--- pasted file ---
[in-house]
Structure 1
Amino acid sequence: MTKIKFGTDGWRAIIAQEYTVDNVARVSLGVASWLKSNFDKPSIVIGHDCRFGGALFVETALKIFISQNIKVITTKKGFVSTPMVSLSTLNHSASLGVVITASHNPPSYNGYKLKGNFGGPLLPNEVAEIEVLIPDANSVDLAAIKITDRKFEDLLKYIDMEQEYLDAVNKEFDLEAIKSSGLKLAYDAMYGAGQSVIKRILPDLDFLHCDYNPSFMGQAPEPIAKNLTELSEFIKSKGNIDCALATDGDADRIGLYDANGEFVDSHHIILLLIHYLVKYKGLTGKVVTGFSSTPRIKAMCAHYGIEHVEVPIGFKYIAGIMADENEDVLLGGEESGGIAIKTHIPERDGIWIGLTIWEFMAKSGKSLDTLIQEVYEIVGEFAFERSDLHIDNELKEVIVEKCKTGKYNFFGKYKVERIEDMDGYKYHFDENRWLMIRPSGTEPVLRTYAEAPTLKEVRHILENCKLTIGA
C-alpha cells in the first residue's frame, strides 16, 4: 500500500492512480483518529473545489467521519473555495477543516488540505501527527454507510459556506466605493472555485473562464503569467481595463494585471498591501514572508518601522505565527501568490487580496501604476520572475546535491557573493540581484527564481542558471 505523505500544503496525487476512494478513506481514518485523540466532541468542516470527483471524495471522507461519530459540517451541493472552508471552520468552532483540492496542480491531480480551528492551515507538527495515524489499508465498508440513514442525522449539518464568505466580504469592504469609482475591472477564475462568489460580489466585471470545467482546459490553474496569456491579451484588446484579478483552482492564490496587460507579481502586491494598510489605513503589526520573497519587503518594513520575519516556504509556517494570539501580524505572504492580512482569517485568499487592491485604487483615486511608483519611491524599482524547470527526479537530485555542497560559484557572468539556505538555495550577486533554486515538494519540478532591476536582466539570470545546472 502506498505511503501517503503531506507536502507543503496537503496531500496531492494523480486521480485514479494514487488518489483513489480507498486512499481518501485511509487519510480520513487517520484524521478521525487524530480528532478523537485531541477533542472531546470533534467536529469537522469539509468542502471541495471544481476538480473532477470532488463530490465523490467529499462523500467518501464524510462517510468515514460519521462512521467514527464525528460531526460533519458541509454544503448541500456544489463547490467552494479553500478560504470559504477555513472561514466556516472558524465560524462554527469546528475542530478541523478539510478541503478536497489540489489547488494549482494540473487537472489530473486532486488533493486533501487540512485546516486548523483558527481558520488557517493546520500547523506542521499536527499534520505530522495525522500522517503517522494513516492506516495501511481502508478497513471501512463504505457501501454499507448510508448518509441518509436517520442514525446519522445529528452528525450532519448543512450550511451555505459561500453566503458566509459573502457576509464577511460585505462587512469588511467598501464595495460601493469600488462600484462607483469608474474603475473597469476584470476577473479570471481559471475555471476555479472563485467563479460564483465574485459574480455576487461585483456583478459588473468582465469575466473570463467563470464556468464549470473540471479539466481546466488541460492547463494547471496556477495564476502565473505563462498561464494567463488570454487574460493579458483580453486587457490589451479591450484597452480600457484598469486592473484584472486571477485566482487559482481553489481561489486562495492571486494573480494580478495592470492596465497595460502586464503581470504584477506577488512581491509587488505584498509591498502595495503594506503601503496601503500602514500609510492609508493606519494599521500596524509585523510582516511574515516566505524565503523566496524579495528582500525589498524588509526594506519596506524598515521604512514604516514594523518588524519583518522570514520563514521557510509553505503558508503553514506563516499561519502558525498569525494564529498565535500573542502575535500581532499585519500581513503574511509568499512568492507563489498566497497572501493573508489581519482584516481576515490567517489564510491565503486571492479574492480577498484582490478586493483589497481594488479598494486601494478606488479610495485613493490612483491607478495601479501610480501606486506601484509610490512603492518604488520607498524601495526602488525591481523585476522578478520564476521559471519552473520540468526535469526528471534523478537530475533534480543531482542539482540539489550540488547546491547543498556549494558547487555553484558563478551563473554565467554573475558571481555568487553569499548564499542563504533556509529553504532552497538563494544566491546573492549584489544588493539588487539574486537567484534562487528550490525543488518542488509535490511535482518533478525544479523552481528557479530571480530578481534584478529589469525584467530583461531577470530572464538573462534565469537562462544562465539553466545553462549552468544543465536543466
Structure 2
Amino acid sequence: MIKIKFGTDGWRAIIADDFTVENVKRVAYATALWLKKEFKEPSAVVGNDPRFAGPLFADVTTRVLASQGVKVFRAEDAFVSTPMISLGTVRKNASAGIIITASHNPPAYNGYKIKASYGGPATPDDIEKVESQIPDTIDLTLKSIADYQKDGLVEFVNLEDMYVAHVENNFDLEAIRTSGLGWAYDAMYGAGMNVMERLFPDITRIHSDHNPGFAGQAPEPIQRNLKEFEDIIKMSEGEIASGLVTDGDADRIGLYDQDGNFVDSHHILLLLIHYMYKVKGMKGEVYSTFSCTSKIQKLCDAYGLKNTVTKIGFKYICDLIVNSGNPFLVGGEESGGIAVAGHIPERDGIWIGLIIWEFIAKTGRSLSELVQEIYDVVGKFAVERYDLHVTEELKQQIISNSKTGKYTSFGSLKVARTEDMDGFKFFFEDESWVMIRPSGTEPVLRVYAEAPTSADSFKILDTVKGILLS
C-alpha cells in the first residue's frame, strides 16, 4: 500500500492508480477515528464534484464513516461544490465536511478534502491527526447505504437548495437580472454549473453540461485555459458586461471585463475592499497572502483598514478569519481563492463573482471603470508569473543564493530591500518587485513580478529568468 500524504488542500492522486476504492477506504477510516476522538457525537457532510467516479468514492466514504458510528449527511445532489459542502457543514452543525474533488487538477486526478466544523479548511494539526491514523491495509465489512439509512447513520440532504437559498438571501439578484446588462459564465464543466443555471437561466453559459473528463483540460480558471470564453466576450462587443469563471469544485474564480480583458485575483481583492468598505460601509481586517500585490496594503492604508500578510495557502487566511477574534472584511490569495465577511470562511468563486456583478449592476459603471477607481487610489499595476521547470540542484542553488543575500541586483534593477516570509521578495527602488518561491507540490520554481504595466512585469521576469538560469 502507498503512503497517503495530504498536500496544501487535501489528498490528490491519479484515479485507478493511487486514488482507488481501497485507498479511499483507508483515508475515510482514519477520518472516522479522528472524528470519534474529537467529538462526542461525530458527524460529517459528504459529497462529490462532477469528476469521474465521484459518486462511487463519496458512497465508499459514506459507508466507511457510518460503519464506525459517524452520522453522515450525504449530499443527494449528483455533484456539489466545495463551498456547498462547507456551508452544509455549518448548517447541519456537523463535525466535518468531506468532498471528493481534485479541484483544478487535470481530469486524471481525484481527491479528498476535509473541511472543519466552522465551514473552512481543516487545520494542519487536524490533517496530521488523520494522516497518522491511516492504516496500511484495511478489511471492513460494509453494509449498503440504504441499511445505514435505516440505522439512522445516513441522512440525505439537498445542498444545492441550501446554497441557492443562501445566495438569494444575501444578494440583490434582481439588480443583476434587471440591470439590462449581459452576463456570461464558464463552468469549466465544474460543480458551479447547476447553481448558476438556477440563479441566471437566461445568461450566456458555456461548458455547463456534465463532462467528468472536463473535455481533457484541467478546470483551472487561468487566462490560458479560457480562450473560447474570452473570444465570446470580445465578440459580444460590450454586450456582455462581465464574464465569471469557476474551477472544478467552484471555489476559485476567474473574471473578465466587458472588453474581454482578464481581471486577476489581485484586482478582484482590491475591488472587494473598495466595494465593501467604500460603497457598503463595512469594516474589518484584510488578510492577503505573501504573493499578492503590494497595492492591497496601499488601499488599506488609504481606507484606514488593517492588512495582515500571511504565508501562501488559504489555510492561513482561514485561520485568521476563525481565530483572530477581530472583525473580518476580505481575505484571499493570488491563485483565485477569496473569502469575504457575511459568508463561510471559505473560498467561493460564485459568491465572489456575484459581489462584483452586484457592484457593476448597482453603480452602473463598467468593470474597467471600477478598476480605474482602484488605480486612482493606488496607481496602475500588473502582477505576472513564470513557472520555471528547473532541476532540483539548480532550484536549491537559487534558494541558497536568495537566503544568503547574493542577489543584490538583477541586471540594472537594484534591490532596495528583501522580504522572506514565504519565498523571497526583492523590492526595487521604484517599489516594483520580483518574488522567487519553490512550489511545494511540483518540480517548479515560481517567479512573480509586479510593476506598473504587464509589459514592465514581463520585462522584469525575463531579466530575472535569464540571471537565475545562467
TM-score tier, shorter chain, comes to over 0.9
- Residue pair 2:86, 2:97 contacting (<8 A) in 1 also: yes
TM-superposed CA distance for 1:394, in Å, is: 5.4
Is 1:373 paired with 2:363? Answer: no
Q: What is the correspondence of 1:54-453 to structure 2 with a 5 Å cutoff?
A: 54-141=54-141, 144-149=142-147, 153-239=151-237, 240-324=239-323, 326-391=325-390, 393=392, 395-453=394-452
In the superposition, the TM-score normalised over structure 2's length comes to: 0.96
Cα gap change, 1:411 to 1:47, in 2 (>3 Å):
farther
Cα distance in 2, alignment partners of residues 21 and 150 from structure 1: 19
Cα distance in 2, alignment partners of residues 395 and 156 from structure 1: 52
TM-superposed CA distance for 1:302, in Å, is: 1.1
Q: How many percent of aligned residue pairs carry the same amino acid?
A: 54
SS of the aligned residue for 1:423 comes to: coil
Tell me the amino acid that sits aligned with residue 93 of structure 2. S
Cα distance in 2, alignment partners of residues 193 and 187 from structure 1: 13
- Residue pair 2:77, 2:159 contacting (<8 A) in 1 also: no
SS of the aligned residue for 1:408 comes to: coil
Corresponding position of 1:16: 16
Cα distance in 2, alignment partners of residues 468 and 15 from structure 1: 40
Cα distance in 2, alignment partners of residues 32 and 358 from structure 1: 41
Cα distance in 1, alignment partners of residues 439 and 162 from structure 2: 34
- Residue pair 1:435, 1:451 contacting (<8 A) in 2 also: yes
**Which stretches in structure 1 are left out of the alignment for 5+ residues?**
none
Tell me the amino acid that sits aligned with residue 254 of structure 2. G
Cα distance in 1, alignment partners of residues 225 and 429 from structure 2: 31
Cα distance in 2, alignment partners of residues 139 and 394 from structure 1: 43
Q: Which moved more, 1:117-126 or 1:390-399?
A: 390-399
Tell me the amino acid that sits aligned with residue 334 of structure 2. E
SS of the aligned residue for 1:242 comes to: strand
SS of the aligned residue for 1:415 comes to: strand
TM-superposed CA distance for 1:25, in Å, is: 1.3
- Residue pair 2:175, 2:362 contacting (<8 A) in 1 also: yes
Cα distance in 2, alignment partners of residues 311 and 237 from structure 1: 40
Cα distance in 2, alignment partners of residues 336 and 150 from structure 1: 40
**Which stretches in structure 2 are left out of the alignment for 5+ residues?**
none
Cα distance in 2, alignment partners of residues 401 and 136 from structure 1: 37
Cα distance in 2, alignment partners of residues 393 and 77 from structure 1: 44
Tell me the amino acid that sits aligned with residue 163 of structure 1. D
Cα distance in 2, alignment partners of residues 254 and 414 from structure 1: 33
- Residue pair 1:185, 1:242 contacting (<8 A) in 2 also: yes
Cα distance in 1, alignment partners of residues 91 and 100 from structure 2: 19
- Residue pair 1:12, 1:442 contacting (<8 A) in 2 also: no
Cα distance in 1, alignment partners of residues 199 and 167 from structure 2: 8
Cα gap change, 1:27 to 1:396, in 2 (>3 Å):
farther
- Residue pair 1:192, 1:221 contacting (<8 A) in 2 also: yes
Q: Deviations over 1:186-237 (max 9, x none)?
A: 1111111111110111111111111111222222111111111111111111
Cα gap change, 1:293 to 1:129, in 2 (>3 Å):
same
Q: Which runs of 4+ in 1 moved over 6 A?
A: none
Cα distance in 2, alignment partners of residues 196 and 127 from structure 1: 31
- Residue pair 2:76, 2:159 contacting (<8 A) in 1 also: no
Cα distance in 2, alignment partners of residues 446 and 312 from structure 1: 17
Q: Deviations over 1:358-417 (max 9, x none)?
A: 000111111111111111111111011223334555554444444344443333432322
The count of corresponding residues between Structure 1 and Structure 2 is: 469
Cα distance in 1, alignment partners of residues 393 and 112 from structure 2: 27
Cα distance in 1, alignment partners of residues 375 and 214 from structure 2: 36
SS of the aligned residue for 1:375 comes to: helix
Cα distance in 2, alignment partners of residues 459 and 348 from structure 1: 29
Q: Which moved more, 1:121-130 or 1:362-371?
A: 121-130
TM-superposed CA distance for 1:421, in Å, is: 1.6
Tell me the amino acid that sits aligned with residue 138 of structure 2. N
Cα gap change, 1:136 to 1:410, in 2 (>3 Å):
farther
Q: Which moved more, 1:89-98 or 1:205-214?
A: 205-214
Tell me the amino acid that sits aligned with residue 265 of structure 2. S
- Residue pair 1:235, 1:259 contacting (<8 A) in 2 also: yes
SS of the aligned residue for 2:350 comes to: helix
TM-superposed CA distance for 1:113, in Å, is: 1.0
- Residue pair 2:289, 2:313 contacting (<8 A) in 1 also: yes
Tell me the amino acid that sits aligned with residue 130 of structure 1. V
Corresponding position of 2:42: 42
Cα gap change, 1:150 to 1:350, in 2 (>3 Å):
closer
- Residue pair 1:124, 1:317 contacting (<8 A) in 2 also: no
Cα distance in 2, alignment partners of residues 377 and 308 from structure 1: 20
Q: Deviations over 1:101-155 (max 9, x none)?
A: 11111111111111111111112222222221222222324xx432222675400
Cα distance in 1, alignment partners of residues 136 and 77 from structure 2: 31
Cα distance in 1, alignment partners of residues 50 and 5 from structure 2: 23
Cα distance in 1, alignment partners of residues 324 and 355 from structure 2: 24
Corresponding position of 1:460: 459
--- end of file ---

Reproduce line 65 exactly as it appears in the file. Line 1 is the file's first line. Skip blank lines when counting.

Cα distance in 2, alignment partners of residues 196 and 127 from structure 1: 31